By Damita Menezes
Human composting is gaining traction in Illinois. The state House voted 63-38 to pass a bill legalizing the method, but what exactly is it? Who is for it and against it? And what does it mean for the future of the death care industry and the environment?
HELLO. WELCOME BACK TO MEDILL NEWSMAKERS. I’M DAMITA MENEZES. WE HAVE A THOUGHT-PROVOKING STORY THAT’S STIRRING UP DISCUSSIONS IN ILLINOIS. HUMAN COMPOSTING. A CONTROVERSIAL NEW METHOD TO SAY GOODBYE TO THE DECEASED IS GAINING TRACTION IN THE STATE. THE ILLINOIS HOUSE VOTED 63-38 TO PASS THE BILL TO LEGALIZE HUMAN COMPOSTING. BUT WHAT EXACTLY IS IT? WHO IS FOR IT AND AGAINST IT? AND WHAT DOES IT MEAN FOR THE FUTURE OF THE DEATH CARE INDUSTRY AND THE ENVIRONMENT?
JUST LIKE YOU CAN COMPOST YOUR FOOD SCRAPS, THE HUMAN BODY CAN ALSO BE COMPOSTED. THERE ARE SIX OTHER STATES IN THE UNITED STATES WHERE HUMAN COMPOSTING IS LEGAL. WASHINGTON WAS THE FIRST STATE TO LEGALIZE IT IN 2019. COLORADO, OREGON, VERMONT, CALIFORNIA AND NEW YORK HAVE ALSO FOLLOWED ALONG. THESE STATES RECOGNIZE HUMAN COMPOSTING AS A LEGAL, REGULATED AND ECO ALTERNATIVE TO TRADITIONAL BURIAL AND CREMATION METHODS. BUT WHAT IS THE PROCESS OF HUMAN COMPOSTING?
Brienna Smith: At our facility, we have vessels that are rectangular in shape. We filled them up about halfway with a mixture of straw, alfalfa and sawdust. And it’s really that. A very, very specific ratio of moisture to the organics. The person is then placed down, and at that point, families can place anything biodegradable, compostable or consumable in the vessel with them as kind of a ritual or a farewell. And then ultimately, we place organics on top of the person. So, we kind of snuggle them in between the two layers. And at that point, we just place them on a system that allows oxygen to continue flowing through the vessel. It’s an aerobic process, and the body just breaks down slowly and naturally over the course of 60 to 90 days.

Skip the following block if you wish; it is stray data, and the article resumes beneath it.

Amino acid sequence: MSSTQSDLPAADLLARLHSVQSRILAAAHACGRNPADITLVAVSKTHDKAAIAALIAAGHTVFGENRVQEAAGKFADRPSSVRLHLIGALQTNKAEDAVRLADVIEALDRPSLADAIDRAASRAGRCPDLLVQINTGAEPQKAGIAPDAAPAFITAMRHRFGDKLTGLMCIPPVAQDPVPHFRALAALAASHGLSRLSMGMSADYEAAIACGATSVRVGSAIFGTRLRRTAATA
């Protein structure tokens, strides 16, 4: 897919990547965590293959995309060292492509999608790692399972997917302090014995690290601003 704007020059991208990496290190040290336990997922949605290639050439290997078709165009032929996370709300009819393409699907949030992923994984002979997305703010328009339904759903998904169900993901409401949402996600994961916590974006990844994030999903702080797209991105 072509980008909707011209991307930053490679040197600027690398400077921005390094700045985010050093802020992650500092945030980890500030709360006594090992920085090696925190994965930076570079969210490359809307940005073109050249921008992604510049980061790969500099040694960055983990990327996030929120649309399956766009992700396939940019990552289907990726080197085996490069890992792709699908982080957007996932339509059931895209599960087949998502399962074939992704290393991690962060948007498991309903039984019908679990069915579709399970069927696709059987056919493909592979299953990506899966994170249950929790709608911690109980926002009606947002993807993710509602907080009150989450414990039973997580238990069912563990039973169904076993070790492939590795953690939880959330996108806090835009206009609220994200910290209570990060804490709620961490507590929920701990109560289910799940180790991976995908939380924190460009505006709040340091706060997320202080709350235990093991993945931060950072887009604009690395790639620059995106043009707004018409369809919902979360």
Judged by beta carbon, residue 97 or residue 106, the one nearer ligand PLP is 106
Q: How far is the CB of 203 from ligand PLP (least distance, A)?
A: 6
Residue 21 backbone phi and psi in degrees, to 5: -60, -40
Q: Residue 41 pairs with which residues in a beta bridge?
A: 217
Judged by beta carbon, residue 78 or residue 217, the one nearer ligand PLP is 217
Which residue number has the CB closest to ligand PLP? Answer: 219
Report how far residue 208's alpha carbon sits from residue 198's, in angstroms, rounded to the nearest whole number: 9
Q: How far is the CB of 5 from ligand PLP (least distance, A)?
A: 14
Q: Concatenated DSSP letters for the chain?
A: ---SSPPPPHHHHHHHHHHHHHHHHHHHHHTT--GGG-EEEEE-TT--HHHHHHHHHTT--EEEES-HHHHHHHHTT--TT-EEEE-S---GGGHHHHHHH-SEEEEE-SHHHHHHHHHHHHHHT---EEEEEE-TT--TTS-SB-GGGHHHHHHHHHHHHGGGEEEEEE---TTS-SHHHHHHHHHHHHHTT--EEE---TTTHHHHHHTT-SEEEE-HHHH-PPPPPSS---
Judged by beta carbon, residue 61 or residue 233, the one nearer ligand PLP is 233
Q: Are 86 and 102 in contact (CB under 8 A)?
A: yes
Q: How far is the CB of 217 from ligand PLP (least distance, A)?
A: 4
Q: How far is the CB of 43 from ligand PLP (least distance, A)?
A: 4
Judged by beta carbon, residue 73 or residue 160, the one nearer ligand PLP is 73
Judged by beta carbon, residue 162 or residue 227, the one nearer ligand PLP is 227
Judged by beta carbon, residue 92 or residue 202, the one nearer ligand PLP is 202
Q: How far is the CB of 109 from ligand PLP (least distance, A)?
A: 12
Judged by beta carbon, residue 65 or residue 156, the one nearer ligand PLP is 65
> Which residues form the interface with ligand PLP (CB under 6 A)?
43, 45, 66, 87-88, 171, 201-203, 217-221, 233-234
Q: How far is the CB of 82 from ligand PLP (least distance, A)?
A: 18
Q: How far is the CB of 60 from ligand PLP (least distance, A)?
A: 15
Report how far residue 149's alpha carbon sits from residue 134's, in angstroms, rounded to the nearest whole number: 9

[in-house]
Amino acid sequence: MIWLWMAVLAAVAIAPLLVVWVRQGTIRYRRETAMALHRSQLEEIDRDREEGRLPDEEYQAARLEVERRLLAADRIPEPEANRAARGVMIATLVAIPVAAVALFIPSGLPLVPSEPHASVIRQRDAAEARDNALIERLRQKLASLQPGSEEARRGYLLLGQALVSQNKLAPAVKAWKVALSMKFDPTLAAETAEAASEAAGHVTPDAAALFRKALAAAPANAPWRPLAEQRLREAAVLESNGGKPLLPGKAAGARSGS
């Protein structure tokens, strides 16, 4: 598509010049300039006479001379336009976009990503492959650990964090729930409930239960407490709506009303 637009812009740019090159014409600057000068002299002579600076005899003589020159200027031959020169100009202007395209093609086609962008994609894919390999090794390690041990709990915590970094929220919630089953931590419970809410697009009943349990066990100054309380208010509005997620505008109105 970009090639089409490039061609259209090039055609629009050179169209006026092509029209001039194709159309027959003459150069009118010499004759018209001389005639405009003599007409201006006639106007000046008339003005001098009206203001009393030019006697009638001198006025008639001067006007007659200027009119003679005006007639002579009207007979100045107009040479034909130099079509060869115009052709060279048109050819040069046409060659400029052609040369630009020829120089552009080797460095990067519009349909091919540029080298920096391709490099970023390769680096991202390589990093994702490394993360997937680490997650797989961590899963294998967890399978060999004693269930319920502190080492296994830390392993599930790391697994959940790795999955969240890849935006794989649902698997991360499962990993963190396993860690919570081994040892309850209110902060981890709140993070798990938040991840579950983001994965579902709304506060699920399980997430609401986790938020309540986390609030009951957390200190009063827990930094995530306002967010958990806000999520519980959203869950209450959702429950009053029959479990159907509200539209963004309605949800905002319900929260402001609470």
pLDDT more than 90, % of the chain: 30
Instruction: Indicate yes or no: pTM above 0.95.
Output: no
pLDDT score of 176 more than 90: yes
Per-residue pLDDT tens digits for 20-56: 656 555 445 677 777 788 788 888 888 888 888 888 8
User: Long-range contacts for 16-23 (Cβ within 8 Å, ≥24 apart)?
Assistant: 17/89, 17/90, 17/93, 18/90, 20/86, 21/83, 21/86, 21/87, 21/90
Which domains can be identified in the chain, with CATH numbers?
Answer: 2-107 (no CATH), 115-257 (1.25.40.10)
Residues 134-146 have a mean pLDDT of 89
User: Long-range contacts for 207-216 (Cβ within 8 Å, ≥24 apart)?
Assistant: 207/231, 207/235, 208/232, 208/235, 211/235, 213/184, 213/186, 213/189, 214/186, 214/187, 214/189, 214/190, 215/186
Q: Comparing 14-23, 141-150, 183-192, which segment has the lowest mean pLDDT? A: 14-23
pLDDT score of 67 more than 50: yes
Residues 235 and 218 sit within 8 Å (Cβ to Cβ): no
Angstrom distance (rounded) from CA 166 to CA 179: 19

DANIEL HENNESSY HAS BEEN ADVOCATING FOR HUMAN COMPOSTING IN ILLINOIS. AFTER HIS MOTHER EXPRESSED HER DESIRE TO NOT BE BURIED IN ORDER TO AVOID TAKING UP LAND, HE RESEARCHED THE PROCESS OF HUMAN COMPOSTING AND FOUND IT TO BE A MORE DIGNIFIED ALTERNATIVE TO CREMATION.
HENNESSY APPROACHED STATE REP. KELLY CASSIDY, A CHICAGO DEMOCRAT, IN AN EFFORT TO INTRODUCE LEGISLATION THAT WOULD OFFICIALLY RECOGNIZE HUMAN COMPOSTING AS AN ALTERNATIVE METHOD FOR HANDLING HUMAN REMAINS.
Hennessy: When it was legalized in Washington, I went to see her and I said, “Look, it’s happening in Washington, and there are other states interested in it.” I think it was a really interesting thing to do here because it gives more choices for people. And she said, “I think it’s fantastic.” And so, she had a bill drawn up, and she took it through the House and cleared the House now and is in the Senate.
THE ILLINOIS HOUSE PASSED THE BILL ON MARCH 24TH. HENNESSY’S ADVOCACY IS DRIVEN BY THE DESIRE TO OFFER ENVIRONMENTALLY FRIENDLY OPTIONS FOR END-OF-LIFE CHOICES.
Hennessy: I didn’t have a choice when my mom died, so I had to cremate her. And I don’t think people, you know, we live in a democracy and it’s the kind of first-world country. And to have only two options, which are burial and cremation, seems ludicrous. The environmental impact of burial and cremation is dreadful. You know, when you get burned at 1,200 degrees, you omit just under a ton of CO2 and heavy metals. Burial is just as bad because you’re cutting down trees, making caskets, putting metal handles on and all that gets buried. And then you’re doing, you’re lining the graves with concrete, and all that concrete, you know, contributes to CO2. So actually, that is just as bad. And also, people are pumping carcinogenic chemicals into bodies, formaldehyde, to try and make them look nice when you lay people out. And all that stuff is bad, all that stuff is. But you know, that leaches into the soil, so it pollutes the soil.
RETURN HOME, A HUMAN COMPOSTING COMPANY IN WASHINGTON STATE, HAS EXPERIENCED A BOOM IN BUSINESS AS MORE STATES LEGALIZE IT. BUT THERE IS OPPOSITION FROM THE CATHOLIC CHURCH.
Smith: Right off the bat, if you think about sustainability while you’re alive, it’s something you should think about for your end-of-life plans as well. But what I have noticed more than anything and kind of the reason why I prefer the service is because it’s so gentle. Embalming. I’m an embalmer, you know, it can be a little bit invasive. And then, of course, cremation is just a very quick process. And a lot of people don’t like the idea of being embalmed or, you know, ultimately incinerated. And so, this option gives them peace of mind because it’s just a gentle conversion into letting nature doing what it does naturally.